Tutorial – Shooting Panoramas with the X100 at Bear Mtn Ranch

I’ve mentioned in a couple of recent posts that I’m really enjoying my Fuji X100, and I think I dig it even more now that I’ve played around a bit with its cool panorama shooting mode.  Since others out there might be interested in seeing how this function works on the X100, I threw together a short video tutorial on using it.  You can find the finished photograph that came out of that early morning shoot at Bear Mtn Ranch further down on this post.

 

I’m pretty happy with the way it came out, though I noticed, in post processing, that there were a couple of blurred spots (you can see it in the sign above the gate) because I shot this at 1/60th of a second and was panning a bit too quickly.

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show hide 5 comments

September 4, 2011 - 23:14

Wayne Frost Nice tutorial, Jacques. The x100 pano function is pretty impressive.

September 6, 2011 - 07:24

Jan Winther Wow, thats a really cool function. Instant panorama – very cool.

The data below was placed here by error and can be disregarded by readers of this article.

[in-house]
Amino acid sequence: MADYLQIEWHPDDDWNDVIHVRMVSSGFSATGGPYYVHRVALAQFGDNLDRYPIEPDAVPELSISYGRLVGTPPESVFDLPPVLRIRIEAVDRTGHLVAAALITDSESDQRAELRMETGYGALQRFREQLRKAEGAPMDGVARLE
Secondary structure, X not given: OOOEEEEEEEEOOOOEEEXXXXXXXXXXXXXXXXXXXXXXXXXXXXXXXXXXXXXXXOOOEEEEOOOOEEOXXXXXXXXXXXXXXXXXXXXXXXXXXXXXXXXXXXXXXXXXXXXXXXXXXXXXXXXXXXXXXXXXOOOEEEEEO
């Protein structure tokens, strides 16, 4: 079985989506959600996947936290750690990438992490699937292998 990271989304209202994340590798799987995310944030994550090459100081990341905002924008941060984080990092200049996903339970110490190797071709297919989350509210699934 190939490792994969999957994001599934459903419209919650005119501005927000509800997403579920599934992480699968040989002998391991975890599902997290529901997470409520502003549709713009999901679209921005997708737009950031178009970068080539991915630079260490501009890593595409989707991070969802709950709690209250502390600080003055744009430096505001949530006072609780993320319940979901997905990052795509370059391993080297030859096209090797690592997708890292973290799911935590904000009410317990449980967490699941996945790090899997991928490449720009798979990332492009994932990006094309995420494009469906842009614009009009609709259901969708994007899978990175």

Thanks for taking the time, Jacques

September 9, 2011 - 12:08

Luís dos Santos good tutorial Jaques! would never have thought it would be so easy to do a panorama with the X100. It seems that you’re not using a nodal point adapter. Did you noticed any stitching artifacts in the final panoramas?

September 9, 2011 - 12:39

Jacques Thanks, Luís. I did not use a nodal point adaptor, and only spotted issues with a bit of blurring on the letters of the sign on top of the gate. I shot a 180 degree pano the other day and had similar success, though leaving the camera on Aperture priority produced some vertical lines where the exposure shifts can be seen. Keeping the camera on full manual settings would probably have solved this issue. I do have a Really Right Stuff panorail (the nodal adaptor you mentioned) so I plan to mount the camera to that the next time I play with the pano function to see what that produces.

October 31, 2012 - 06:40

Giuseppe Fallica The X100 is superb. But to generate good images without artifacts, I had to buy a nodal point adapter: purchase necessary. What I do not understand is why manufacturers don’t place the “tripod input” under the nodal point by default: in fixed focal leng camera it would seem a obviousness…!

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